Monday, August 21 , 2017, 6:58 am | Overcast 66º

 
 
 
 

Local News

Santa Maria Humane Society, District Attorney’s Office Join Forces to Give Dogs a Day

Adoptable dogs spend time with volunteers in program that createes exercise and experience opportunities — for animals and humans

 

A new program pairs well-mannered dogs from the Santa Maria Valley Humane Society with Santa Barbara County District Attorney’s Office staff for a weekly walk or run during lunchtime to benefit both the two-legged and four-legged participants.

Friday marked the fourth run for the program, and followed a training class taught by Sarah Dyar, a certified dog trainer, to spell out dog handling skills and how to read their body language.

“Some guys run, some of them walk, but they take them for an hour while they’re on their lunch and they bring them back thoroughly exhausted,” said Sean Hawkins, executive director of the Humane Society.

The program, believed to be the first in California, gives the dogs exposure to different aspects of life outside the shelter along with leash-walking skills and manners around unfamiliar people.

“Exposing these guys to as many unfamiliar people, unfamiliar places as possible is really important,” Hawkins added.

“So the dogs are getting socialized. They’re learning to be calm around strange people. They get a little practice in a car ride,” he said, adding the goal is to have each dog well-adjusted to before heading to a permanent home.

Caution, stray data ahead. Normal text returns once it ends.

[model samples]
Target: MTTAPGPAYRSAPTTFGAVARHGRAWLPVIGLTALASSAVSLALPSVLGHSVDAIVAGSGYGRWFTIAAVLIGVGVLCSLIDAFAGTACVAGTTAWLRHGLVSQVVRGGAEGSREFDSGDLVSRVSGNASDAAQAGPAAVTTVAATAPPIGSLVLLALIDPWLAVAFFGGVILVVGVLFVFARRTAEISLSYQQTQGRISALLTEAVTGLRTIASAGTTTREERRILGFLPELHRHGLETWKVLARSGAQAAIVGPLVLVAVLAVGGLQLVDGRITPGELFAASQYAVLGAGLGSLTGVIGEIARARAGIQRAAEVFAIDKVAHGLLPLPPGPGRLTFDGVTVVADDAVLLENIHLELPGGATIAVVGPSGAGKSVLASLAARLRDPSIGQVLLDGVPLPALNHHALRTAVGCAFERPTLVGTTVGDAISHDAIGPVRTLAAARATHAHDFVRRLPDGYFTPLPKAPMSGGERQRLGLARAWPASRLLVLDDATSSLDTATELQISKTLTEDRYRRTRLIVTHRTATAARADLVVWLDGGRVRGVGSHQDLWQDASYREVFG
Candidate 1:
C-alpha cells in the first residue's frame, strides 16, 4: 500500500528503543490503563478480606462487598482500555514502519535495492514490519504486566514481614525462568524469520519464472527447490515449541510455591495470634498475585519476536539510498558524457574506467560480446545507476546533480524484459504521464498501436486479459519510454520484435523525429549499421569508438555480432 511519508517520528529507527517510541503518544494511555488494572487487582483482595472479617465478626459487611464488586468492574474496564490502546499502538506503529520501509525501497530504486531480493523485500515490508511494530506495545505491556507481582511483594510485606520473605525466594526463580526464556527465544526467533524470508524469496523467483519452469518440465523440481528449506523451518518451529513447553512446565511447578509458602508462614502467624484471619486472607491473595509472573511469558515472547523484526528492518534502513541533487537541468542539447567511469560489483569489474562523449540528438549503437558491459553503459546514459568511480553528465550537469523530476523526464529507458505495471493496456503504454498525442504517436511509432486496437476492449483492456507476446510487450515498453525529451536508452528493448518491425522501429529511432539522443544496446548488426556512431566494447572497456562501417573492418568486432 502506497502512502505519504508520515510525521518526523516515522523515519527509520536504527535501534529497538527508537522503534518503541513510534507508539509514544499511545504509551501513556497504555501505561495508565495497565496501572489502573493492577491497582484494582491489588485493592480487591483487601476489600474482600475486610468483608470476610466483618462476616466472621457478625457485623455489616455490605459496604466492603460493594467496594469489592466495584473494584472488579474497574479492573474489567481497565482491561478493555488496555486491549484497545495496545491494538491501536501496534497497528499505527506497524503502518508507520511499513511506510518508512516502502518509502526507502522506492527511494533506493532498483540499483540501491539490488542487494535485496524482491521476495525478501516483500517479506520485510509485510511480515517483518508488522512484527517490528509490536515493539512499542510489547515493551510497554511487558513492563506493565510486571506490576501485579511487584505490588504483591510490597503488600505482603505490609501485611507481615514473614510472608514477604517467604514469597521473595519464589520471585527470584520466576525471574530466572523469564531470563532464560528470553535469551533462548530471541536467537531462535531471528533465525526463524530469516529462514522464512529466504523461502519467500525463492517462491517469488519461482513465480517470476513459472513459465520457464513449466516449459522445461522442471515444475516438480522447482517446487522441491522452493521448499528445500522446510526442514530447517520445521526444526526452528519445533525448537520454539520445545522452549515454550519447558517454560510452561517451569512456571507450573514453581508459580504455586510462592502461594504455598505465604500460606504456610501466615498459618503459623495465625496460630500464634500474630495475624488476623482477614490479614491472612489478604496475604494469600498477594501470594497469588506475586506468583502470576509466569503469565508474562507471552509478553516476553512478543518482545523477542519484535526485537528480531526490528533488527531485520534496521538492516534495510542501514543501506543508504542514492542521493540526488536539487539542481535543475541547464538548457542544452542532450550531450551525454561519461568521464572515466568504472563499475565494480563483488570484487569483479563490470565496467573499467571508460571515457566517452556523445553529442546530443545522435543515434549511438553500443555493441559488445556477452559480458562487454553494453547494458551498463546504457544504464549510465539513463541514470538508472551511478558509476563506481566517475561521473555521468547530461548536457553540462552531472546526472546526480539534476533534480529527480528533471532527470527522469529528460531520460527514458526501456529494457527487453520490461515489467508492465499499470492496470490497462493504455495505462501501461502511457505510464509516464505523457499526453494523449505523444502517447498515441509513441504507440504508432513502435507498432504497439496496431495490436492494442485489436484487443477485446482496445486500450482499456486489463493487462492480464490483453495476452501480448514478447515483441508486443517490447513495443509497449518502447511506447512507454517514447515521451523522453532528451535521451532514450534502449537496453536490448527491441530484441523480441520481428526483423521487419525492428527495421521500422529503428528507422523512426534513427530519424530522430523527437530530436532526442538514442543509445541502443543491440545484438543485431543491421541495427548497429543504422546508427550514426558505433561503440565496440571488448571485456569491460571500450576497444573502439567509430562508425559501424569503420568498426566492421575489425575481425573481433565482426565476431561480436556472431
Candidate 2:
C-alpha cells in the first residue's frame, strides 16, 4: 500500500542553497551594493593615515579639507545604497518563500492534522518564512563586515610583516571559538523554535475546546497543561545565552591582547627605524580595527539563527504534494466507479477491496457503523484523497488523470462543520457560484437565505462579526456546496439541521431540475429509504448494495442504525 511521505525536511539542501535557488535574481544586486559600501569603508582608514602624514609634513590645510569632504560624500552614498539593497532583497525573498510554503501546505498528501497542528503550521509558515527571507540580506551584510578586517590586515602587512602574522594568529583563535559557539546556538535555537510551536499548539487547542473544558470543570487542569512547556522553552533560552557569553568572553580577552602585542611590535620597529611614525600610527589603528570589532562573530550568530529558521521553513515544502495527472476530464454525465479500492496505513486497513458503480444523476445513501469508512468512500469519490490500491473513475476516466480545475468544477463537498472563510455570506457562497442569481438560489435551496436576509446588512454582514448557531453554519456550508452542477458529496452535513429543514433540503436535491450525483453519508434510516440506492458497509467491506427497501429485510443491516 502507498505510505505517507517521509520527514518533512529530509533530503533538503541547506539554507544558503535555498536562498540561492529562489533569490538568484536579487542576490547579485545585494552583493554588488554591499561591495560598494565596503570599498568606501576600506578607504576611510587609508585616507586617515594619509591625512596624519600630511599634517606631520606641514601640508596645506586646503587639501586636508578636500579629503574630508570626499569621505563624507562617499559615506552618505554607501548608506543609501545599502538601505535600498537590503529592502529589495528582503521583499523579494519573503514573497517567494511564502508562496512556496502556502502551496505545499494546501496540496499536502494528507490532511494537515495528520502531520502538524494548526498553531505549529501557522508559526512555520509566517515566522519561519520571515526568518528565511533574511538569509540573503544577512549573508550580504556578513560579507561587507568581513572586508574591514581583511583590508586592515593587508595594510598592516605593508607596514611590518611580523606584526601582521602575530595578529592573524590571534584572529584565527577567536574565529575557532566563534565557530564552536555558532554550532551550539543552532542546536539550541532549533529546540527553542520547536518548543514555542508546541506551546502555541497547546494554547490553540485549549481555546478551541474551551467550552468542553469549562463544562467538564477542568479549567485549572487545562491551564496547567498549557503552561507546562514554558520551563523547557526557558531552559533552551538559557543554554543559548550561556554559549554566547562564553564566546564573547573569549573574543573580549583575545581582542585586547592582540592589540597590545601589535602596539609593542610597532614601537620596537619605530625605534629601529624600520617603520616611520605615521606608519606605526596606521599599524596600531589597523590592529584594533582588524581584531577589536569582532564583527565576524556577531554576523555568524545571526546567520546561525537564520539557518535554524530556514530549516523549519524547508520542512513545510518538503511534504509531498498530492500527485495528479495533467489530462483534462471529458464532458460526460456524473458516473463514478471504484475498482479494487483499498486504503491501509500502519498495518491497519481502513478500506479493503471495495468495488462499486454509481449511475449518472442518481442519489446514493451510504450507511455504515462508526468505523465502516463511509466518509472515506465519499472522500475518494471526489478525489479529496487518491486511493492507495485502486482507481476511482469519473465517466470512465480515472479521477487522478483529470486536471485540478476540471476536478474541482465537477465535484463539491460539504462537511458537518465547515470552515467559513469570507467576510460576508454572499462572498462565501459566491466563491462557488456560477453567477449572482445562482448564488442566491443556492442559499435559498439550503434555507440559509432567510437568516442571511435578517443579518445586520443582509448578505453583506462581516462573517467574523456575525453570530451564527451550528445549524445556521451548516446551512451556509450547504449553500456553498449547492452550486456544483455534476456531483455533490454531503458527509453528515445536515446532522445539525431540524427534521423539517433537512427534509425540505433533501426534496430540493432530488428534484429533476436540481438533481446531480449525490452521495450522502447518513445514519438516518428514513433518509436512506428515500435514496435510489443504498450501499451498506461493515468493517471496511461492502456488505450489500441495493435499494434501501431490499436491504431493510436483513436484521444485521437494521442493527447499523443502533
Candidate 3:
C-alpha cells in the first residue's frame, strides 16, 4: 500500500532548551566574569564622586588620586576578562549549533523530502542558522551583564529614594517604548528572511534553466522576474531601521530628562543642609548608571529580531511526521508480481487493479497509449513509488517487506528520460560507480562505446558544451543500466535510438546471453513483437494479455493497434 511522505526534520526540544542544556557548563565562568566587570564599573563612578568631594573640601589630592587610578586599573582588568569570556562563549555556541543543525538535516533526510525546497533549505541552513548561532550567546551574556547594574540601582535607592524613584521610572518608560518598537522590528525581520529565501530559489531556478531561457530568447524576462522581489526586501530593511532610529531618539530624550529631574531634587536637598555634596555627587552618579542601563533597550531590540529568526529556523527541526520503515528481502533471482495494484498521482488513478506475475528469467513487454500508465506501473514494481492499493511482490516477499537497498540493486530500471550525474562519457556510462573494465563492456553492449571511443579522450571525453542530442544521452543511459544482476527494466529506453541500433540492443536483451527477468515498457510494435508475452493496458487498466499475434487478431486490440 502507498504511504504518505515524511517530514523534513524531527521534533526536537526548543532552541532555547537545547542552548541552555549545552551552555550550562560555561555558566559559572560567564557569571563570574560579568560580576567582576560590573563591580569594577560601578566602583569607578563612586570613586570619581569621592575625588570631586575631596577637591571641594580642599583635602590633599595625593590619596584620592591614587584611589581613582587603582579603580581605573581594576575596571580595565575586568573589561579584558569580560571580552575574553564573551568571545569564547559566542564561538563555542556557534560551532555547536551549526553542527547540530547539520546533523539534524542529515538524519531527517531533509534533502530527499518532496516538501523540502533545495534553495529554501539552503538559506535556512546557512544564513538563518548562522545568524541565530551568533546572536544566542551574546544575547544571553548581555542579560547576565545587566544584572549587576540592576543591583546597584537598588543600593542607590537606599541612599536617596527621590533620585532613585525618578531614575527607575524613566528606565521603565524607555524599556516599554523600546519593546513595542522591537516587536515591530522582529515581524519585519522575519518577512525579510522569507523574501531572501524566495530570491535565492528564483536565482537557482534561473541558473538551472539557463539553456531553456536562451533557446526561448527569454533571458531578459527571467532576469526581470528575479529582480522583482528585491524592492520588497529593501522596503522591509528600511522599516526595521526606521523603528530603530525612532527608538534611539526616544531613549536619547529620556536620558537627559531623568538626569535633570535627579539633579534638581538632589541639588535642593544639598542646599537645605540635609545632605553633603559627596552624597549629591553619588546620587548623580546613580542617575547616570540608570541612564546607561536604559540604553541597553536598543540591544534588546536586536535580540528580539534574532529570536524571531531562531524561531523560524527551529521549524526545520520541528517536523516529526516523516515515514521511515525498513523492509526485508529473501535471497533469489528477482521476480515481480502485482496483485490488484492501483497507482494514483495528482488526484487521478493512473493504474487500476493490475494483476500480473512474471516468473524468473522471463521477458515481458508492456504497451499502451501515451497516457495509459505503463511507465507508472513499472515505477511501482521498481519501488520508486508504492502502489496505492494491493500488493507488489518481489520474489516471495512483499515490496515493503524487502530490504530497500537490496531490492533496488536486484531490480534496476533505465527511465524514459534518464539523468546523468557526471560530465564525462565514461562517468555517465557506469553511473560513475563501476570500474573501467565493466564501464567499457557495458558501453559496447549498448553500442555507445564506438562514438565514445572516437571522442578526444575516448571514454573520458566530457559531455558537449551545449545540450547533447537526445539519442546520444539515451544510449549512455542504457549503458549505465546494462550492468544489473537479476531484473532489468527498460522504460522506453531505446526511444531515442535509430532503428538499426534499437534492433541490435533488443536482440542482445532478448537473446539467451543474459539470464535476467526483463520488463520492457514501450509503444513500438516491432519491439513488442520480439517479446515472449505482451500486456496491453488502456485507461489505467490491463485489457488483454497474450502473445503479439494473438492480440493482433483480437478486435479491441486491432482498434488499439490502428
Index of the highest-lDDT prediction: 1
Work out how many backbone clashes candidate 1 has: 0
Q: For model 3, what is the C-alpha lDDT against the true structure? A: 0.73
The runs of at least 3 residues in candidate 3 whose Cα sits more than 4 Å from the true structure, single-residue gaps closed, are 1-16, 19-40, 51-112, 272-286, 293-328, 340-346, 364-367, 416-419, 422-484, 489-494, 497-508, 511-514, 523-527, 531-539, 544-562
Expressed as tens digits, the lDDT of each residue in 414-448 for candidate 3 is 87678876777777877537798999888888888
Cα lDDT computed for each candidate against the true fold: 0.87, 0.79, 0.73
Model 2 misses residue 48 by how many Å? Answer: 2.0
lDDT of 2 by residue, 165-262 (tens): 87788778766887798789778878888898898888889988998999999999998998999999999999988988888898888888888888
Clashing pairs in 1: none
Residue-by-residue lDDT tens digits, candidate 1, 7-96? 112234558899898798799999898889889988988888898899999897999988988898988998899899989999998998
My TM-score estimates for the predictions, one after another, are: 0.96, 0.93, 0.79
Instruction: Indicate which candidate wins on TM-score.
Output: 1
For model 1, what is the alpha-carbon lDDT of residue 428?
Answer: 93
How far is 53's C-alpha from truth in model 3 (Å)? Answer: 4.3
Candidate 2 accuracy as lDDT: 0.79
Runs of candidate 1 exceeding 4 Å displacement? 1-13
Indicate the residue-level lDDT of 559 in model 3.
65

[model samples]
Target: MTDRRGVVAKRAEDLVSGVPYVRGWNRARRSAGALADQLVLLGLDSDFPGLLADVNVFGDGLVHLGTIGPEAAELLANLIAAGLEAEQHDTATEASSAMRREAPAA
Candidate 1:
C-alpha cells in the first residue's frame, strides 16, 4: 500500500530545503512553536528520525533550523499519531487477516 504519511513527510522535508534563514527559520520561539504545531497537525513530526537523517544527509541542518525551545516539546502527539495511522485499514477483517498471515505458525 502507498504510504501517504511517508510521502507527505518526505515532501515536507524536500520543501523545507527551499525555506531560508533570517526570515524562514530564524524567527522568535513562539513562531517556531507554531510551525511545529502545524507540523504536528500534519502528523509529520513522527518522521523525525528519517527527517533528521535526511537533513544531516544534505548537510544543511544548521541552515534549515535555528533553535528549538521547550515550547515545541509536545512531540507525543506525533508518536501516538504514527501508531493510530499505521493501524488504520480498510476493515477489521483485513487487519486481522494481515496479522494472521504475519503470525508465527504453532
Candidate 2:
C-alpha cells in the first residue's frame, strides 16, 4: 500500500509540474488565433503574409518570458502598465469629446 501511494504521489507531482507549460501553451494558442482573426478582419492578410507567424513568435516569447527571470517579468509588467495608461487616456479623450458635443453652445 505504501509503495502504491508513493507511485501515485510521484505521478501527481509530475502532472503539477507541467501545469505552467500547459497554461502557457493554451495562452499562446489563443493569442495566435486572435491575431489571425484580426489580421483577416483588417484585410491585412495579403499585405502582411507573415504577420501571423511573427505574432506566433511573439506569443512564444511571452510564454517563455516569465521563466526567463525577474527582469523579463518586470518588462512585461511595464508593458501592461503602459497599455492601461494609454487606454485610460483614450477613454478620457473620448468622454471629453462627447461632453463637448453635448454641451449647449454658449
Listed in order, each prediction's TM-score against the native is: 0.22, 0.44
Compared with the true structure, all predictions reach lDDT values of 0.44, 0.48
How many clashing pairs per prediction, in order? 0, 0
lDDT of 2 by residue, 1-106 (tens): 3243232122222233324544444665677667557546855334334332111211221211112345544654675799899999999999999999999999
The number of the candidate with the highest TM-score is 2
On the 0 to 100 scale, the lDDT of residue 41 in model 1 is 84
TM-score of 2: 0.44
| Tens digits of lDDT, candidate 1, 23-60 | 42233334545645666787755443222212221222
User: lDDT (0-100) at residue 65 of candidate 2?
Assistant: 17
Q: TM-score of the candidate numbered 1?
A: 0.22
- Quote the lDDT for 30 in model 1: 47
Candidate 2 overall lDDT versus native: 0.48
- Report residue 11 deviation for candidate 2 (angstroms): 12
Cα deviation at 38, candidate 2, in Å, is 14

The program also promotes the human-animal bond, and already has led to one adoption by a program participant, Hawkins said.

Dogs sport “Adopt Me” vests to help highlight their search for forever homes while on the walks or runs.

District Attorney Joyce Dudley met some of her staff members’s exercise partners Friday, and noted the benefits they gain from the program.

“This kind of exercise enriches both the body and the soul and can help to reduce their stress at what can, at times, be a very intense work environment,” she said.

During her 27 years in law enforcement, Dudley said she has recognized the ways animals have played a role, including being first responders and serving as comfort dogs in courtrooms.

Hawkins, who arrived in the spring to lead the Humane Society, is looking to create other programs to help the animals and their supporters.

“Our Communities that Care Initiative at the Santa Maria Valley Humane Society works outside our shelter walls to elevate the status of dogs and cats in the neighborhoods we serve and advocate for improved animal welfare and well-being,” he added.

Noozhawk North County editor Janene Scully can be reached at .(JavaScript must be enabled to view this email address). Follow Noozhawk on Twitter: @noozhawk, @NoozhawkNews and @NoozhawkBiz. Connect with Noozhawk on Facebook.

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